Solving pain points with tech

Wilhelmsen’s process-centric digitalisation efforts are starting to pay dividends as the company rolls out practical solutions to old problems. One of these is the firm’s Smart Ropes system, a modern approach to eliminating the issues with mooring ropes that have been around as long as ships have been docking in ports. These ropes are embedded with a sensor pack that provides real time information on a number of characteristics with the data sent to a base station located on deck. This enables a crew to moor their vessels safer

than with traditional methods. More importantly, it is the type of innovation that data-driven digitalisation alone wouldn’t necessarily pick up on. Another innovation Wilhelmsen is working on is the Automated Water Boiler Maintenance Solution. The technology uses sensors and communication modules to monitor and control parameters in the boilers used on board a vessel. “With boiler repairs being expensive and crew competence, or demands on crew time, an ongoing challenge, this is an interesting solution to the problem of boiler water management,” Mr Malhotra described. Last year, Wilhelmsen announced it was collaborating with the Ivaldi Group to look at in-port 3D printing opportunities for marine products and spare parts. Mr Malhotra noted the two partners, along with other stakeholders, are testing this at a pilot micro-factory in Singapore. “3D printing has the potential to reduce lead times and freight costs for small non-critical parts that are taking up too much time and effort for procurement and technical teams to source,” Mr Malhotra said. “In addition, we have seen examples already of potential improvements in design and assemblies of small parts that increase efficiency or effectiveness of the components.” Chatbots to cut down response times and augmented reality are two other areas Wilhelmsen is focusing on. The end goal with all of Wilhelmsen’s digitalisation efforts is to find real, tangible solutions to problems, many of which can’t be identified with data alone. “As you can see we are looking at a number of technology areas with practical, relevant applications that either cut down response times, help boost effectiveness or solve specific issues on board vessels. There are a number of other developments in the pipeline,” Mr Malhotra pointed out.

.

. . . . . .

Facts

PHOTO: WILHELMSEN

Above left: Wilhelmsen is developing an augmented reality solution as part of its process-centric approach to digitalisation. Above: Spare marine parts made by 3D printers, such as these, are an innovation Wilhelmsen is working on with the Ivaldi Group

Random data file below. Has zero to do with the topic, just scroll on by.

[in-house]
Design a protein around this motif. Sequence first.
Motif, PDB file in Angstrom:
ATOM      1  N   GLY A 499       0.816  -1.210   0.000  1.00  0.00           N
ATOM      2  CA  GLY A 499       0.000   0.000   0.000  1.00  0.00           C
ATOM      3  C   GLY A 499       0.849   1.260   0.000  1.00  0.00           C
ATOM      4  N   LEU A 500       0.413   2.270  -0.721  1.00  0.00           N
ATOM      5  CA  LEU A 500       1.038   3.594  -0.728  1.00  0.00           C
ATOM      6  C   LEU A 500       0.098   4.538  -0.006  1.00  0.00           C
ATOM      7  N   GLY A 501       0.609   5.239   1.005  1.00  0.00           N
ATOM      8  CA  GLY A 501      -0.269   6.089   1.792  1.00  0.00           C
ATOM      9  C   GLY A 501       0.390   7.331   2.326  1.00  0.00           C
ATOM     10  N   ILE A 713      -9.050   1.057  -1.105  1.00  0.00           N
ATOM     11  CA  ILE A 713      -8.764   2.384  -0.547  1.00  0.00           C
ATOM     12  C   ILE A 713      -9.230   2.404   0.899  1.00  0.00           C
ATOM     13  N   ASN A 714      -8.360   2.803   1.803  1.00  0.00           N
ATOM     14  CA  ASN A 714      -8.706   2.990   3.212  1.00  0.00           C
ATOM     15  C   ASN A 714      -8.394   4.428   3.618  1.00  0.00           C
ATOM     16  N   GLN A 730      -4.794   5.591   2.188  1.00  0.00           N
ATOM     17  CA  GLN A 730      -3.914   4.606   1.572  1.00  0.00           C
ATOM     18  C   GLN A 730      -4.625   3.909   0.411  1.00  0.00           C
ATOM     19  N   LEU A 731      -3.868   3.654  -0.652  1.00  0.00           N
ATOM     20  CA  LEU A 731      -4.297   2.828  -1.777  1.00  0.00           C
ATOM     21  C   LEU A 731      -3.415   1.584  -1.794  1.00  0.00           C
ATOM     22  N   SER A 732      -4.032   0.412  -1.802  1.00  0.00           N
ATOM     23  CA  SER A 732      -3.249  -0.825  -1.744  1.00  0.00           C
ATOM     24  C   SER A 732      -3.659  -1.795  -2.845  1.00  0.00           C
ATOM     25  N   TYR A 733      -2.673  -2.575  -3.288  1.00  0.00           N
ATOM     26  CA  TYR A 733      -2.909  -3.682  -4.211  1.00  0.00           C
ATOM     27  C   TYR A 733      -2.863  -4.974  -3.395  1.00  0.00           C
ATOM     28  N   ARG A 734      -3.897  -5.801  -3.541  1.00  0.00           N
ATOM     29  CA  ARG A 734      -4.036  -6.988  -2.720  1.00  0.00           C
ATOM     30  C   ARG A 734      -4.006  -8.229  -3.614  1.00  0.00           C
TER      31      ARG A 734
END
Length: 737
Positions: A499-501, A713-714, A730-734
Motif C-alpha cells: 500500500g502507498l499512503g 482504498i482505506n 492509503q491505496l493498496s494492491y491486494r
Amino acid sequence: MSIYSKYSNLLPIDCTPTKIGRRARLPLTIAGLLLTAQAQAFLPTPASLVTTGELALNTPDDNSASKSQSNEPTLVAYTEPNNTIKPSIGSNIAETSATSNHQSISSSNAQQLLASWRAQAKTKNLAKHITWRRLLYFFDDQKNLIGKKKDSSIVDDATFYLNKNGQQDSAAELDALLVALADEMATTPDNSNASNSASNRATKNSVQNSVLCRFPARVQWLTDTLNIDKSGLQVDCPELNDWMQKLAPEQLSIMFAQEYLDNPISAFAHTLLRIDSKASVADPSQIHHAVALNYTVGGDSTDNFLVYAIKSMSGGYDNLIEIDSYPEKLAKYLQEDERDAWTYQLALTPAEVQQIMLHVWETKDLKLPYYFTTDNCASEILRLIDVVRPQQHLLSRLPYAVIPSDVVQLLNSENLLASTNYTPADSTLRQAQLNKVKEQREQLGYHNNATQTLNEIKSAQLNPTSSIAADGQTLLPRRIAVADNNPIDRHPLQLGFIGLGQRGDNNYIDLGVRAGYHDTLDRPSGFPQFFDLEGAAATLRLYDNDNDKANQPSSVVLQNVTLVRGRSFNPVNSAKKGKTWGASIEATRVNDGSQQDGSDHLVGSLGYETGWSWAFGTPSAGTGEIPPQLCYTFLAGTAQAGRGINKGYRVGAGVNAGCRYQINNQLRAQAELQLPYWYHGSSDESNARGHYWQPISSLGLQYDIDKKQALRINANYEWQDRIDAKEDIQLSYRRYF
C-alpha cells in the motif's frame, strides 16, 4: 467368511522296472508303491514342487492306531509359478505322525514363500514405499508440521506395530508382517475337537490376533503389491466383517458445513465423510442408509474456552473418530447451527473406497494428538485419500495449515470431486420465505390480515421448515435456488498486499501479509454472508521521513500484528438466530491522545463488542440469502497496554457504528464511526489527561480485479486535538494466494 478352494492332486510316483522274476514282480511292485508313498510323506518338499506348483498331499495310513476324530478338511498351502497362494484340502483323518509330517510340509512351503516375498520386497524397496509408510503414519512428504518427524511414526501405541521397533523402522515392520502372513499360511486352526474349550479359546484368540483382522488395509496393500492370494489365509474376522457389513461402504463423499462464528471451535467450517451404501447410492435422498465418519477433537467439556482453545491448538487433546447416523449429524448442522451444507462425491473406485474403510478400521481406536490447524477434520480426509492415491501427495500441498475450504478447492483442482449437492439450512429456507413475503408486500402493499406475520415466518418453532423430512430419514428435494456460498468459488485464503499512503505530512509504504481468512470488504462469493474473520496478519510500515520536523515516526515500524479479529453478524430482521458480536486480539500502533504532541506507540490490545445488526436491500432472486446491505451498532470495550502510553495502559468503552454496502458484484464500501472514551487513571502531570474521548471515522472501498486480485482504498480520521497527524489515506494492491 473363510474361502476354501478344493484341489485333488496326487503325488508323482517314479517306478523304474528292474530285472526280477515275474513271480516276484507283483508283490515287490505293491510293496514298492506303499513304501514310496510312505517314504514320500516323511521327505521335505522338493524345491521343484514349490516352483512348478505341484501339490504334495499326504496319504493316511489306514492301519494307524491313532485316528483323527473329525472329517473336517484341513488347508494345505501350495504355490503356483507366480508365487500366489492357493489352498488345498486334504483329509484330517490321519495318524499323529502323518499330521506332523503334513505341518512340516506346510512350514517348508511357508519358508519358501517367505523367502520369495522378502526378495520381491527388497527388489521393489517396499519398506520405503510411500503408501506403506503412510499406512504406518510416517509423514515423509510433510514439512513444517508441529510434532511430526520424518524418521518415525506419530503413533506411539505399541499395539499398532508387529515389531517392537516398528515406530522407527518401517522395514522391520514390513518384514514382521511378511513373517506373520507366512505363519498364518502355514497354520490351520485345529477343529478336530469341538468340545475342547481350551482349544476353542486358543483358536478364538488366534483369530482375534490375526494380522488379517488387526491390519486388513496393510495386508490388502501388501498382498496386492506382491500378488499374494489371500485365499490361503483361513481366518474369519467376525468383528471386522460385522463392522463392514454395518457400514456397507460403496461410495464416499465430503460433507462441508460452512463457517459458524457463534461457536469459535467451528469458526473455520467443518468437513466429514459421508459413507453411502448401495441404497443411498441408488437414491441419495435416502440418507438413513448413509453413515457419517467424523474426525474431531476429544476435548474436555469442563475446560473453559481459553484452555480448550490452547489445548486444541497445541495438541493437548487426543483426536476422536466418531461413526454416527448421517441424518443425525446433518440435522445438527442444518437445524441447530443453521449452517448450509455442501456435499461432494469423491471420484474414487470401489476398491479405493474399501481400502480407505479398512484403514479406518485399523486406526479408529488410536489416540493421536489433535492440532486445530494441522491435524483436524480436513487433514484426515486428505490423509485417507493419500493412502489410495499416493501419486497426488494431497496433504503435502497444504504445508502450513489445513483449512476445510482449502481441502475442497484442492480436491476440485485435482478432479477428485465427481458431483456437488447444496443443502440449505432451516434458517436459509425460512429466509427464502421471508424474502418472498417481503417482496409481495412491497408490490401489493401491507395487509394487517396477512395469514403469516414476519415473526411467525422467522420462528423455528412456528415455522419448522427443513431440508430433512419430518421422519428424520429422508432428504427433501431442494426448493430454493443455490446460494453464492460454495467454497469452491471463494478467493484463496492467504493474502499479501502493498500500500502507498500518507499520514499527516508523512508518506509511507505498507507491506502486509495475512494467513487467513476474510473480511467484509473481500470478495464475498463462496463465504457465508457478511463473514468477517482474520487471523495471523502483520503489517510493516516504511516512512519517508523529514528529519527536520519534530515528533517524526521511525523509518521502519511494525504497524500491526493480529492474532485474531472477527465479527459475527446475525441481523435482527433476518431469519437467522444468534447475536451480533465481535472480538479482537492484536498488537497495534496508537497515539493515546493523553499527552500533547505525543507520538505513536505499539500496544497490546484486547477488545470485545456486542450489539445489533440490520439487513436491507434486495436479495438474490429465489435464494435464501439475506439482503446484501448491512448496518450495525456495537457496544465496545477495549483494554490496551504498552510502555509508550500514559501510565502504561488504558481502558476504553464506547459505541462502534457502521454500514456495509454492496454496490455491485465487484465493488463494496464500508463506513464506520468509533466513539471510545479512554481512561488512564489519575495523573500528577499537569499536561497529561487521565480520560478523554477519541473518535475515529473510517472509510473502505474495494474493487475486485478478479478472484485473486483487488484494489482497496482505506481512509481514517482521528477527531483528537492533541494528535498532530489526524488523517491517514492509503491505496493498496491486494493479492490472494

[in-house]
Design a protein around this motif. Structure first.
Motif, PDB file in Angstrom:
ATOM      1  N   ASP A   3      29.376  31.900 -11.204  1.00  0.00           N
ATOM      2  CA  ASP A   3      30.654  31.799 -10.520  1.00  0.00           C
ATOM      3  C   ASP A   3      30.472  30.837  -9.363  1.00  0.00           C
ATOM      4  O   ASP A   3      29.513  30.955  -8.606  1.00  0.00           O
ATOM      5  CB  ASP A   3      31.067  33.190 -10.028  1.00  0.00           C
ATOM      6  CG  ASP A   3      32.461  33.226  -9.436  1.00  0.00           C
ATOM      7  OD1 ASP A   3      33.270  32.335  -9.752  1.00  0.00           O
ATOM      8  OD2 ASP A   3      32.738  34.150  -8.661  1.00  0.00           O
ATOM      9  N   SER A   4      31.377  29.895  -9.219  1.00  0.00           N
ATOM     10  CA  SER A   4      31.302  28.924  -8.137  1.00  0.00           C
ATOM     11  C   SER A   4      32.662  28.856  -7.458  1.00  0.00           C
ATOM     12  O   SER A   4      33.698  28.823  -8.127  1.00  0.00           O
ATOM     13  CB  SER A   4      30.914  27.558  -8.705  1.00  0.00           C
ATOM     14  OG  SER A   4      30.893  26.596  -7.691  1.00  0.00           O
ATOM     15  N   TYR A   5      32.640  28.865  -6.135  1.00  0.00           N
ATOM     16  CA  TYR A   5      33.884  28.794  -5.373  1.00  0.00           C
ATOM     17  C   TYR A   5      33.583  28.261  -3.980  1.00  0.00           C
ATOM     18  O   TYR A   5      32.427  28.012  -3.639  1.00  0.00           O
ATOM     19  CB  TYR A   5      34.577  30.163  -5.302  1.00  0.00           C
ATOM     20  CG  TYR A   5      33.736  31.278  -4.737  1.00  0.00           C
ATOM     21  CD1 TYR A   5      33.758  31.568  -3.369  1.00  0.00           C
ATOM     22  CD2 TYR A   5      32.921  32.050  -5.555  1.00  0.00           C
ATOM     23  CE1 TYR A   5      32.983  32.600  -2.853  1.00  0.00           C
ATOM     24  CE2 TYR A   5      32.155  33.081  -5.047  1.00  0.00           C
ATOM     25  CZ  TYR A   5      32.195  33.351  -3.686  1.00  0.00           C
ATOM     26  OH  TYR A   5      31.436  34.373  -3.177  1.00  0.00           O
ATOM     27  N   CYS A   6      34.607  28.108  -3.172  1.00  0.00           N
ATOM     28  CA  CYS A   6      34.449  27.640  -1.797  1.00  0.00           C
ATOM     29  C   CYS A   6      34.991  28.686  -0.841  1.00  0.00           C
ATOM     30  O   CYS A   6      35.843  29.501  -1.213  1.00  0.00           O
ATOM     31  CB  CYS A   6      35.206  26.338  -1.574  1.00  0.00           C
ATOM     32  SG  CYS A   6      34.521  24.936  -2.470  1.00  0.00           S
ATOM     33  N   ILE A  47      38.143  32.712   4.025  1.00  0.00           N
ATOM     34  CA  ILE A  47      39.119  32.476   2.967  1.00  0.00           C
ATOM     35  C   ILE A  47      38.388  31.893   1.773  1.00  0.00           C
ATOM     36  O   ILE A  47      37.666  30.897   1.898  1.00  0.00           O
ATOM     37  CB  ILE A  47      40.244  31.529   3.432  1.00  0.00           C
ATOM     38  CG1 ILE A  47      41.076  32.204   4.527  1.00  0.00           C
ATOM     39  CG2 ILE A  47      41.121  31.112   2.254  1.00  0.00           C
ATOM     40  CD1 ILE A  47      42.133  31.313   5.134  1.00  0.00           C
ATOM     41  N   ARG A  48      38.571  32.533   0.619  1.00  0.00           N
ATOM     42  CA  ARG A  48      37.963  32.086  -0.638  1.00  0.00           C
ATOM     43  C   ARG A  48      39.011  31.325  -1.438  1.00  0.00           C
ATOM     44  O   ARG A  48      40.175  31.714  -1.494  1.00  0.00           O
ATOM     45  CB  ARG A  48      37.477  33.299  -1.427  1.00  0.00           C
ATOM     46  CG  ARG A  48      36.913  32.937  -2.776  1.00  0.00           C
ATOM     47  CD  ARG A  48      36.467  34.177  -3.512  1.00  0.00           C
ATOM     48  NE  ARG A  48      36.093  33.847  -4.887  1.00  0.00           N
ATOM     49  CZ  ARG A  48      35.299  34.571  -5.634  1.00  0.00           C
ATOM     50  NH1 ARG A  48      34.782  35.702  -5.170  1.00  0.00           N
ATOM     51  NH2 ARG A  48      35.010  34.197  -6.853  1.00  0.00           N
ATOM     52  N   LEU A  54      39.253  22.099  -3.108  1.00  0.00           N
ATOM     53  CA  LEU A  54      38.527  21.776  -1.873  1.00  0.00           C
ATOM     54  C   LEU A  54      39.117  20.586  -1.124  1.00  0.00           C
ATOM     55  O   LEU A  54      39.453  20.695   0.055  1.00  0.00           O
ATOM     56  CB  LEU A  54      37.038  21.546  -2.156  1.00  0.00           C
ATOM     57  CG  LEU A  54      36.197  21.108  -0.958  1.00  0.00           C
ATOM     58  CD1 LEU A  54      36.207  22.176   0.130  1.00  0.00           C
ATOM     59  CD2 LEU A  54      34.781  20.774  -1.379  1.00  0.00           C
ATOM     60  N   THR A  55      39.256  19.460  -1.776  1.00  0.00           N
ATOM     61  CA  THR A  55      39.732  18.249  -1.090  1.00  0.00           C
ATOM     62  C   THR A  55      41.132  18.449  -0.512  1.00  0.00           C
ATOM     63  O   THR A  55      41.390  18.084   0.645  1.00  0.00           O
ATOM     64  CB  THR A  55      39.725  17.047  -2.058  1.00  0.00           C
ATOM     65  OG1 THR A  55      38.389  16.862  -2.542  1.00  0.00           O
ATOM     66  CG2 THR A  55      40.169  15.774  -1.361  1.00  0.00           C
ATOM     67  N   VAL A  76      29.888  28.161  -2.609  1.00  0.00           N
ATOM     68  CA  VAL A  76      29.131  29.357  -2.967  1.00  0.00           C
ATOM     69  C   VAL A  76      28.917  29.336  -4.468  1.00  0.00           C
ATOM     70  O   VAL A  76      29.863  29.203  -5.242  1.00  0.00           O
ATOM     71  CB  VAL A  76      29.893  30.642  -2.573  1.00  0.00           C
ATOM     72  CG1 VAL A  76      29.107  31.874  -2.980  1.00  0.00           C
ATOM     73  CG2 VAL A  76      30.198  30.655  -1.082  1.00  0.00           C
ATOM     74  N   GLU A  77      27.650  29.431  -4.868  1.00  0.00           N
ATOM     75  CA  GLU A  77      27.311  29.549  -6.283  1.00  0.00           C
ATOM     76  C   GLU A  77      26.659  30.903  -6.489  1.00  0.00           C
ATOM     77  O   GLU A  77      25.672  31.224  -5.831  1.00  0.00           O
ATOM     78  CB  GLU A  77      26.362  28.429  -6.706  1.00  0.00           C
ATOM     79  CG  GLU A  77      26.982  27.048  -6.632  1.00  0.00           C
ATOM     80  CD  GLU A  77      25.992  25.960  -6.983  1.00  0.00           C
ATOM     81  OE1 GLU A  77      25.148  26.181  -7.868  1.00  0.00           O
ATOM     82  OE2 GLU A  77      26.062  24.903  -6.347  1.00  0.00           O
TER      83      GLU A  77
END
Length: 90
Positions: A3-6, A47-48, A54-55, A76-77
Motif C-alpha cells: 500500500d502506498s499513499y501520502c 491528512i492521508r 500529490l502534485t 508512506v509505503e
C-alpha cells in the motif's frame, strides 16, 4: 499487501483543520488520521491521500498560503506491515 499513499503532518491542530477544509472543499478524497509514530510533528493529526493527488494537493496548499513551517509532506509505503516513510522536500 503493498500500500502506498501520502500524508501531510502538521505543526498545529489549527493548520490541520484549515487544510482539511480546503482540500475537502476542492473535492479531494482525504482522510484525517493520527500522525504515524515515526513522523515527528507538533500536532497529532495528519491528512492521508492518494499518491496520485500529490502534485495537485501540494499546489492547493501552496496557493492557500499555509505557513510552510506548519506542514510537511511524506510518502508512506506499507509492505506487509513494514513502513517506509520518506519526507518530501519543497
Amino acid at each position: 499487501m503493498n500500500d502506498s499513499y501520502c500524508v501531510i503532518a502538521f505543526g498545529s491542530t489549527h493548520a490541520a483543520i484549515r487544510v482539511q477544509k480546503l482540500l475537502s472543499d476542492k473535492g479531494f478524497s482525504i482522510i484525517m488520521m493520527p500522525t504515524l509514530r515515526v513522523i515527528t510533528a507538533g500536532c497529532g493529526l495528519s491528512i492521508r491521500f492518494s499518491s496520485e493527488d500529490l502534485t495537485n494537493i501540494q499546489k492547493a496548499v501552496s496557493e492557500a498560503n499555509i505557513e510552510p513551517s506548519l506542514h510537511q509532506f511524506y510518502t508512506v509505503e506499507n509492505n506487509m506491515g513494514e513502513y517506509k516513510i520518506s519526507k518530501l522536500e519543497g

Wilhelmsen is working on digitalisation efforts that look at both its processes and data The shipping industry is dealing with huge disaggregated domain knowledge and legacy systems that affect data usage Process-centric digitalisation does not ignore data, but uses it along with experience to improve on pain points Early adopters of digitalisation have to cope with a steep learning curve, but this will benefit industry as a whole in the long term The firm is working on its Smart Ropes system that will modernise the mooring process and make it safer and more efficient Wilhelmsen and Ivaldi Group have teamed together to look at in-port 3D printing opportunities for marine parts

15


16

SPECIAL REVIEW

ISSUE 2 2018

PHOTO: SHUTTERSTOCK

Deciphering fact and fiction when it comes to China’s Belt and Road Initiative hasn’t always been easy since it burst onto the scene in 2013.

Belt and Road Reality

ork has begun on several projects, but there is more to the initiative W than what is being built. The Belt and Road Initiative (BRI) is big. A report from credit ratings agency Fitch found USD 900 billion in projects CHEYENNE HOLLIS

were planned or underway with 68 countries having signed up. This total has grabbed headlines, but it doesn’t mean the Chinese government has been spending recklessly on every single project out there. In fact, the approach from Beijing has been quite discerning. “BRI isn’t as big or grandiose as people think, especially in places like Southeast Asia where there is already a lot of competition among foreign investors,” Mr Jason Chiang, Director at Royal HaskoningDHV explains. “There has been BRI investment, but for the government it has been about finding the right asset to invest in. The projects need to be commercially viable.” The BRI is a development strategy that sees the Chinese government invest in seaports, airports high-speed rail lines and other infrastructure projects as well as industrial parks and economic zones. He notes Beijing is acting as a financing

gap provider that supports funding for the global infrastructure projects. This is no different than the financing provided by development banks, but this is one of the only similarities the funding methods have in common. “The difference between BRI and other development banks financing infrastructure projects is that China is taking equity. Banks don’t do this,” Mr Chiang states. “Additionally, the construction contracts are given almost exclusively to Chinese firms giving them opportunities to work overseas that may have not been available in the past.” Mr Chiang admits that the amount being invested through BRI is impressive, but China understands the risk infrastructure investment can bring, especially in some of the countries BRI includes. President Xi Jinping officially